Productivity tools that make the world go around
When you read about productivity tools, it is typically a list of slick apps and of course iPhones, but every professional in each industry is different, some relying on pen and paper, others swearing by email inbox tools. So we set out to ask a handful of leaders from various industries what productivity tools they can’t live without:
Scott Lerner, Founder of Solixir said, “E-mail is for sure a productivity tool for me. It allows me to work when and where I want. Without it I don’t know what I would do. To that end, my iPhone 5 is crucial to running the business. I can be away from the office and still get 85% of the things done I need to. Not to mention all the productivity apps.”
A walking toolbox
Benn Rosales, CEO and Founder of AGBeat favors Post-it notes at his desk, but is a walking toolbox filled with tech toys from his Google Chromebook, iPad mini, Microsoft Surface RT, HP TouchSmart desktop and Android HTC Evo, all of which keep him constantly connected. “Being equipped to communicate with anyone on any device or platform has been truly powerful – I make it easy for my team and partners to come to me.”
Rosales and his team rely heavily on Google tools (Gmail, Google Drive, Google Apps, G+ Hangouts, GCal, etc.) because they can be done on mobile and desktop, and he says he favors his Android because it allows him to use multiple Gmail accounts, which he uses to prioritize incoming emails, calling the ability to multi-task “epic” in comparison to his iPad.
“I keep it simple – I email and text myself notes a lot, like if I need to schedule something or follow up.” He uses Skype on his Microsoft Surface RT and prefers to do all web development from his HP desktop, noting that Balsamiq “is definitely THE best tool for web design.” Three Chrome extensions he says he can’t live with are SEO Site Tools, Awesome Screenshot, and Firebug.
Super prioritization with the help of some tech
“I’m very big on prioritizing tasks,” says TakeLessons CEO Steven Cox. “The idea is, never work on a ‘B’ when you have an ‘A’ to work on, forget the ‘C’s! I use a system called ActiveInbox to manage my priority list. When an email comes in, I assign it a priority level, a due date and a project that it’s related to. From there, I do what I call 90 minute sprints.”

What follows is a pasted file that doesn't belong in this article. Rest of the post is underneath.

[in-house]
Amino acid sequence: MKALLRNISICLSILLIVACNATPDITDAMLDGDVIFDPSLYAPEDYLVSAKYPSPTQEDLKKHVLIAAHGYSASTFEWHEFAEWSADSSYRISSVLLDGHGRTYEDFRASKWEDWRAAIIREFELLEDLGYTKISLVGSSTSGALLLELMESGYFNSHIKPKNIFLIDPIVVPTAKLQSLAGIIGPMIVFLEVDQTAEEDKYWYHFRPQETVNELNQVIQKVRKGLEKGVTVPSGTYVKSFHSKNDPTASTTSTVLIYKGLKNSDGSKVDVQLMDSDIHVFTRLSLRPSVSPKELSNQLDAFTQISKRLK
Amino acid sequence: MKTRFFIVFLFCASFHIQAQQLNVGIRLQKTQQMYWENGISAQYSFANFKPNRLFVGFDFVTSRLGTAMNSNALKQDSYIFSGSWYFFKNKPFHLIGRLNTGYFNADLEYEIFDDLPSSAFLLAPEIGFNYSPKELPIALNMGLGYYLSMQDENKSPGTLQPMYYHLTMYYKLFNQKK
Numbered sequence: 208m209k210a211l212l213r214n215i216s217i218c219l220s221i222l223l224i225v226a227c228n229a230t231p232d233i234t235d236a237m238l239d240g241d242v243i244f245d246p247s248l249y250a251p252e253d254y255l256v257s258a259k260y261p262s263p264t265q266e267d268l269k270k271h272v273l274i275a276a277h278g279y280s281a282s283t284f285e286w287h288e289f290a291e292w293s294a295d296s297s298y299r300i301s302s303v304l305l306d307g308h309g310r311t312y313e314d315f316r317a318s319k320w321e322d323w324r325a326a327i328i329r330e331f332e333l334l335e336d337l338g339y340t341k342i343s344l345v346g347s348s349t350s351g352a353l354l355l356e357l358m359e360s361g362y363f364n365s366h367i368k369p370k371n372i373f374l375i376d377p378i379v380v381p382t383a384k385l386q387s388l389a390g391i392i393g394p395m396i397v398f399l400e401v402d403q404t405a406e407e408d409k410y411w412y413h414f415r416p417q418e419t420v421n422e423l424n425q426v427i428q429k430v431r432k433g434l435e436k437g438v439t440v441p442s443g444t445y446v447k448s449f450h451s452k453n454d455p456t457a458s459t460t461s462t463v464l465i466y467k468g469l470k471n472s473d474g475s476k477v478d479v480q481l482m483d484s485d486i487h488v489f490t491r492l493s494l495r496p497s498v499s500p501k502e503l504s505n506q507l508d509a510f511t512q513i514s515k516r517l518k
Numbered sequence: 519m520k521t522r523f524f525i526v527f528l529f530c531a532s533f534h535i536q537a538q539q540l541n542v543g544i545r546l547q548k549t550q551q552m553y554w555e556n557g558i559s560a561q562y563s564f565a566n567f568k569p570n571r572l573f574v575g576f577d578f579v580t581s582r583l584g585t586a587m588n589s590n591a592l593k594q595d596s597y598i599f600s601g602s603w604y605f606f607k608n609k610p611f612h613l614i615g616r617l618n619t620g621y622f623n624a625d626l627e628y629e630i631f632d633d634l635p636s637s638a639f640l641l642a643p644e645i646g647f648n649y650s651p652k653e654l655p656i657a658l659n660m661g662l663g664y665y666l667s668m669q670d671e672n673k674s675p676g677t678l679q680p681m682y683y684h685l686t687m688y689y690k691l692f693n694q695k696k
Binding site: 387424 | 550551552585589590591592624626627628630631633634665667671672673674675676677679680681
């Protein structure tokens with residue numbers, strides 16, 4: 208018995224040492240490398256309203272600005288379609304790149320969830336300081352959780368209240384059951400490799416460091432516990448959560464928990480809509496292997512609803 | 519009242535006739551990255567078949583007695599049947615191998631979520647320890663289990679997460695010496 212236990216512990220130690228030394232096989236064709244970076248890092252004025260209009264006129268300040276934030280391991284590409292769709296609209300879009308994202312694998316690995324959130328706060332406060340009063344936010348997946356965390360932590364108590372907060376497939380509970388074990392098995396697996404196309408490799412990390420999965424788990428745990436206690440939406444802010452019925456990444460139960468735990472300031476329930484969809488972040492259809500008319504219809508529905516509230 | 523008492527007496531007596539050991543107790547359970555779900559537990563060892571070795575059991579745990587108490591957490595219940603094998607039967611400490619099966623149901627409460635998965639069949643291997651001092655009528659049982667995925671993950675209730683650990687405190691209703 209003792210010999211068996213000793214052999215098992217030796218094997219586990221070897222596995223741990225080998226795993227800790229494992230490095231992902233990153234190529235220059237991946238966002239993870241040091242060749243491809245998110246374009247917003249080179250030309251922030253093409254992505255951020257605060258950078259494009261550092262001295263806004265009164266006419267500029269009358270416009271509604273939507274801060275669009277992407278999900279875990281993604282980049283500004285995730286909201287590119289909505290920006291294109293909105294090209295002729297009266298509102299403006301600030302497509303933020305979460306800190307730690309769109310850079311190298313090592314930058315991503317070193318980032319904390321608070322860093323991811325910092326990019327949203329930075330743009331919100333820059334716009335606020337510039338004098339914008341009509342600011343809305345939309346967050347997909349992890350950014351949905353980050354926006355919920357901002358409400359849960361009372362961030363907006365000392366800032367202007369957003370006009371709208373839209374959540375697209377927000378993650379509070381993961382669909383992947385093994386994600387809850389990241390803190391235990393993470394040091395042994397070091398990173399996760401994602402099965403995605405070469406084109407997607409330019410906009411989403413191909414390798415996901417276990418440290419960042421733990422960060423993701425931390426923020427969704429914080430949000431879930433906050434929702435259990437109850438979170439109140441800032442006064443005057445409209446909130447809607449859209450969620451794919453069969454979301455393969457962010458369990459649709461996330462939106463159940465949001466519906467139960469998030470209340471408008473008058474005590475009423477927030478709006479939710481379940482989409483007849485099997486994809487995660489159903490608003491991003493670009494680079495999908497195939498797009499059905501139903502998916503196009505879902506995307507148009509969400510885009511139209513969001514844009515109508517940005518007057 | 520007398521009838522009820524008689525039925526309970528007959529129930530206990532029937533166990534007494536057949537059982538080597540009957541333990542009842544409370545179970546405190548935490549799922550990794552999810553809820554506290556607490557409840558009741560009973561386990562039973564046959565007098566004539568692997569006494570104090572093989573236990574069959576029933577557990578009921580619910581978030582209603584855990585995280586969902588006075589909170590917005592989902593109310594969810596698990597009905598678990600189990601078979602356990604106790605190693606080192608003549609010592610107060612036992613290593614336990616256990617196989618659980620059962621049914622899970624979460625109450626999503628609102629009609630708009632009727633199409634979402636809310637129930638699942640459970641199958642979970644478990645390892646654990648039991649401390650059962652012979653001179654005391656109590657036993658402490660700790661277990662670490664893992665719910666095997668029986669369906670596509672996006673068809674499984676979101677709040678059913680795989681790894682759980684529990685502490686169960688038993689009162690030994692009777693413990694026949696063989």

“For example,” Cox added, “today I want to work on my new investor presentation, so I’ll take 90 minutes, close my office door, close everything else down and pull up that project on ActiveInbox. My highest priority tasks are already sorted for me, so I’ll start on the A’s until they’re done, then I’ll work on the B’s and so on, straight through for 90 minutes. I get a lot of satisfaction from that because I know that even if I only get one task done, it’s my most critical task.”
Nell Merlino, Founder of Count Me In said she can’t live without her iPad, Blackberry (and says she’s ready to buy the Q), bicycle (noting that exercise is critical to productivity), and the Small Business Perfect Pitch App available on iTunes since she is “always pitching CMI and the benefits of being able to tell it so you can sell it.”
Getting ahead of the game
Email, smartphone, and GPS are the tools Iggy Fanlo, CEO of Lively says he can’t live without.
Noelle Federico, CFO of DreamsTime said, “I am pretty sure that I cannot live without my iPhone and my Outlook Express and a good old fashioned notebook and number 2 pencil, even with all the tools out there I still derive great satisfaction from keeping a written “to-do” list in a spiral bound notebook—there is something satisfying about crossing items off the list.”
“As the CEO of a growing startup, you can imagine the plethora of activities happening on a daily basis,” said RiseSmart Founder and CEO Sanjay Sathe. “Being ahead of the game is critical. I use Outlook for a number of things. I classify emails into different categories like “Immediate,” “Can Wait” and “Read.” I also use the To Do list in order to keep track of what needs to get done across all functional areas of my company. On a more personal note, I use Fitbit and MyFitnessPal to keep track of personal productivity – in this case my health.”
iPhone, iPhone, iPhone
Paul Aitken, CEO of borro said, “Without a doubt, it has to be my iPhone and access to my email when I’m on the move.”
Donna Horton Novitsky, CEO of Yiftee is also hooked on her cell phone (iPhone or Android), her laptop, and we were pleased to hear her say that her microwave oven also keeps her productive! How refreshingly honest.
Nancy A. Aossey, President and CEO of International Medical Corps said the productivity tool she can’t live without is a daily To Do list. “Also, constant BlackBerry, iPad and phone communications. I continue to rely on my paper calendar, which is backed up electronically. I still use paper since I like to see the month and year quickly spread out in front of me in a way that electronic calendars don’t do. We use Skype heavily, connecting our headquarters and field offices around the world, as well as online information sharing tools and intranet programs.”
Everyone has a different regimen to keep them focused – tell us in the comments that productivity tools you can’t live without.